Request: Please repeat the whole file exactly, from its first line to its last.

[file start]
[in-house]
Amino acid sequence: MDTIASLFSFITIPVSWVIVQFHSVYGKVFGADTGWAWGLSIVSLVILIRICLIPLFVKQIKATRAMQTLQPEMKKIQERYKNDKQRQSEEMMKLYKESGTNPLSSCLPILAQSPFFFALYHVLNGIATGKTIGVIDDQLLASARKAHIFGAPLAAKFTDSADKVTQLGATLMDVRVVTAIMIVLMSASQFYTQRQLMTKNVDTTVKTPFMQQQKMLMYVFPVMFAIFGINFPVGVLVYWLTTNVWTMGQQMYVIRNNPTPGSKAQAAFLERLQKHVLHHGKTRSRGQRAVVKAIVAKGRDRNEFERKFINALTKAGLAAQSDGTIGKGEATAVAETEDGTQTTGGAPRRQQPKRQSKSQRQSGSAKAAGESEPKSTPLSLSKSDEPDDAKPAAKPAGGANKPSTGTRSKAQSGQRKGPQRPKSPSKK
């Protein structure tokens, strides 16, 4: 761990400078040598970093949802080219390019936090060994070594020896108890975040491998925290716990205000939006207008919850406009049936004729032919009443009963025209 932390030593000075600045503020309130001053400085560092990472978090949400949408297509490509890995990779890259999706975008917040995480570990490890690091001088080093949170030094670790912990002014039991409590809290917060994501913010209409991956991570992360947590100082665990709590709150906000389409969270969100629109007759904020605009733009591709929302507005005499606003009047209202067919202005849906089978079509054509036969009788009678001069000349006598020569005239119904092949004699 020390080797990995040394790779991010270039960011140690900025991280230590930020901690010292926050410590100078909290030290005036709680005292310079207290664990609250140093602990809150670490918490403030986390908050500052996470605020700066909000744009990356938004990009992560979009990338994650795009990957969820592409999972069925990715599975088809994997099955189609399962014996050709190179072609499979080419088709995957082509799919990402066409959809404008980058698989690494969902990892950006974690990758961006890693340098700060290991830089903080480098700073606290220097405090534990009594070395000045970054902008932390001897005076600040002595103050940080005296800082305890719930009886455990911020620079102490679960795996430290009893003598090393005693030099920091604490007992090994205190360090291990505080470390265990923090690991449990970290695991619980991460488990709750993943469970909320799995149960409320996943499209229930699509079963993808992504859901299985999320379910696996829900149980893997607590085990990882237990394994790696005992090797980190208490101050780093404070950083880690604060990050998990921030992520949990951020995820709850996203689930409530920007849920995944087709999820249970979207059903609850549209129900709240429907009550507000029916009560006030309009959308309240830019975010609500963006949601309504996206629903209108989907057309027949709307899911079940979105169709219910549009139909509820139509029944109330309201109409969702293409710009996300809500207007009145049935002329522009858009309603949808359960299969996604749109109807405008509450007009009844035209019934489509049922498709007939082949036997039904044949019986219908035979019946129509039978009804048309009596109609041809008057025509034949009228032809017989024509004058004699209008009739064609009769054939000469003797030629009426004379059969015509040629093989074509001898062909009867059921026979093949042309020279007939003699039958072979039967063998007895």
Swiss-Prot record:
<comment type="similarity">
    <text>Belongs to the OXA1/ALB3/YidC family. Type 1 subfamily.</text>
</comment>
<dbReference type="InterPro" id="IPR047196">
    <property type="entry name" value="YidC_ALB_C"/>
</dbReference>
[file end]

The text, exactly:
[in-house]
Amino acid sequence: MDTIASLFSFITIPVSWVIVQFHSVYGKVFGADTGWAWGLSIVSLVILIRICLIPLFVKQIKATRAMQTLQPEMKKIQERYKNDKQRQSEEMMKLYKESGTNPLSSCLPILAQSPFFFALYHVLNGIATGKTIGVIDDQLLASARKAHIFGAPLAAKFTDSADKVTQLGATLMDVRVVTAIMIVLMSASQFYTQRQLMTKNVDTTVKTPFMQQQKMLMYVFPVMFAIFGINFPVGVLVYWLTTNVWTMGQQMYVIRNNPTPGSKAQAAFLERLQKHVLHHGKTRSRGQRAVVKAIVAKGRDRNEFERKFINALTKAGLAAQSDGTIGKGEATAVAETEDGTQTTGGAPRRQQPKRQSKSQRQSGSAKAAGESEPKSTPLSLSKSDEPDDAKPAAKPAGGANKPSTGTRSKAQSGQRKGPQRPKSPSKK
């Protein structure tokens, strides 16, 4: 761990400078040598970093949802080219390019936090060994070594020896108890975040491998925290716990205000939006207008919850406009049936004729032919009443009963025209 932390030593000075600045503020309130001053400085560092990472978090949400949408297509490509890995990779890259999706975008917040995480570990490890690091001088080093949170030094670790912990002014039991409590809290917060994501913010209409991956991570992360947590100082665990709590709150906000389409969270969100629109007759904020605009733009591709929302507005005499606003009047209202067919202005849906089978079509054509036969009788009678001069000349006598020569005239119904092949004699 020390080797990995040394790779991010270039960011140690900025991280230590930020901690010292926050410590100078909290030290005036709680005292310079207290664990609250140093602990809150670490918490403030986390908050500052996470605020700066909000744009990356938004990009992560979009990338994650795009990957969820592409999972069925990715599975088809994997099955189609399962014996050709190179072609499979080419088709995957082509799919990402066409959809404008980058698989690494969902990892950006974690990758961006890693340098700060290991830089903080480098700073606290220097405090534990009594070395000045970054902008932390001897005076600040002595103050940080005296800082305890719930009886455990911020620079102490679960795996430290009893003598090393005693030099920091604490007992090994205190360090291990505080470390265990923090690991449990970290695991619980991460488990709750993943469970909320799995149960409320996943499209229930699509079963993808992504859901299985999320379910696996829900149980893997607590085990990882237990394994790696005992090797980190208490101050780093404070950083880690604060990050998990921030992520949990951020995820709850996203689930409530920007849920995944087709999820249970979207059903609850549209129900709240429907009550507000029916009560006030309009959308309240830019975010609500963006949601309504996206629903209108989907057309027949709307899911079940979105169709219910549009139909509820139509029944109330309201109409969702293409710009996300809500207007009145049935002329522009858009309603949808359960299969996604749109109807405008509450007009009844035209019934489509049922498709007939082949036997039904044949019986219908035979019946129509039978009804048309009596109609041809008057025509034949009228032809017989024509004058004699209008009739064609009769054939000469003797030629009426004379059969015509040629093989074509001898062909009867059921026979093949042309020279007939003699039958072979039967063998007895």
Swiss-Prot record:
<comment type="similarity">
    <text>Belongs to the OXA1/ALB3/YidC family. Type 1 subfamily.</text>
</comment>
<dbReference type="InterPro" id="IPR047196">
    <property type="entry name" value="YidC_ALB_C"/>
</dbReference>